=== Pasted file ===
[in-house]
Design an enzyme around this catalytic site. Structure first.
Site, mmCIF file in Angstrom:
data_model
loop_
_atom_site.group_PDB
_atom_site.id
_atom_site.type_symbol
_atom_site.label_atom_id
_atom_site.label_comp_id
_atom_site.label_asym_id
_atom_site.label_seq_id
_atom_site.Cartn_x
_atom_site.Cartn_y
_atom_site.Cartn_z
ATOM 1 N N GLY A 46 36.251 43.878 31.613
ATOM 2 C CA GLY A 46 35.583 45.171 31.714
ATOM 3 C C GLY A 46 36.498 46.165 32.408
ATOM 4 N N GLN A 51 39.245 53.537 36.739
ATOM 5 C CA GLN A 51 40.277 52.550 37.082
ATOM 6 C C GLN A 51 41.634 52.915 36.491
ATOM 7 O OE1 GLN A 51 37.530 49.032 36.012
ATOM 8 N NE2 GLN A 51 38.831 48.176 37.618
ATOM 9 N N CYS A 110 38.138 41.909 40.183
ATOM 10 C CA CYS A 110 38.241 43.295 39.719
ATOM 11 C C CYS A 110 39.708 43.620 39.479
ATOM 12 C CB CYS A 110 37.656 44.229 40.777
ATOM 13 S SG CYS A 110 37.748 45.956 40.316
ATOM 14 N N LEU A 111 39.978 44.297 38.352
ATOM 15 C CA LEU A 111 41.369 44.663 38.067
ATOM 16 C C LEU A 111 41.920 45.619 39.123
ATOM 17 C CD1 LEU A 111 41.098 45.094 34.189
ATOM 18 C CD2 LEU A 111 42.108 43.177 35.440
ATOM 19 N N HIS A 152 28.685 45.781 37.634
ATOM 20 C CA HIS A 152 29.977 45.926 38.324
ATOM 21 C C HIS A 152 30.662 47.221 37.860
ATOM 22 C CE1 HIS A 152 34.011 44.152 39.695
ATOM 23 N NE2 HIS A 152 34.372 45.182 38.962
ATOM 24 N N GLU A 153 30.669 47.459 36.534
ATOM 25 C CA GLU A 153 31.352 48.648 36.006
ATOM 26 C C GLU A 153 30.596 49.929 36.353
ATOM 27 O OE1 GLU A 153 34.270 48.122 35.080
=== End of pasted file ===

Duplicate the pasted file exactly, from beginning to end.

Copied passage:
[in-house]
Design an enzyme around this catalytic site. Structure first.
Site, mmCIF file in Angstrom:
data_model
loop_
_atom_site.group_PDB
_atom_site.id
_atom_site.type_symbol
_atom_site.label_atom_id
_atom_site.label_comp_id
_atom_site.label_asym_id
_atom_site.label_seq_id
_atom_site.Cartn_x
_atom_site.Cartn_y
_atom_site.Cartn_z
ATOM 1 N N GLY A 46 36.251 43.878 31.613
ATOM 2 C CA GLY A 46 35.583 45.171 31.714
ATOM 3 C C GLY A 46 36.498 46.165 32.408
ATOM 4 N N GLN A 51 39.245 53.537 36.739
ATOM 5 C CA GLN A 51 40.277 52.550 37.082
ATOM 6 C C GLN A 51 41.634 52.915 36.491
ATOM 7 O OE1 GLN A 51 37.530 49.032 36.012
ATOM 8 N NE2 GLN A 51 38.831 48.176 37.618
ATOM 9 N N CYS A 110 38.138 41.909 40.183
ATOM 10 C CA CYS A 110 38.241 43.295 39.719
ATOM 11 C C CYS A 110 39.708 43.620 39.479
ATOM 12 C CB CYS A 110 37.656 44.229 40.777
ATOM 13 S SG CYS A 110 37.748 45.956 40.316
ATOM 14 N N LEU A 111 39.978 44.297 38.352
ATOM 15 C CA LEU A 111 41.369 44.663 38.067
ATOM 16 C C LEU A 111 41.920 45.619 39.123
ATOM 17 C CD1 LEU A 111 41.098 45.094 34.189
ATOM 18 C CD2 LEU A 111 42.108 43.177 35.440
ATOM 19 N N HIS A 152 28.685 45.781 37.634
ATOM 20 C CA HIS A 152 29.977 45.926 38.324
ATOM 21 C C HIS A 152 30.662 47.221 37.860
ATOM 22 C CE1 HIS A 152 34.011 44.152 39.695
ATOM 23 N NE2 HIS A 152 34.372 45.182 38.962
ATOM 24 N N GLU A 153 30.669 47.459 36.534
ATOM 25 C CA GLU A 153 31.352 48.648 36.006
ATOM 26 C C GLU A 153 30.596 49.929 36.353
ATOM 27 O OE1 GLU A 153 34.270 48.122 35.080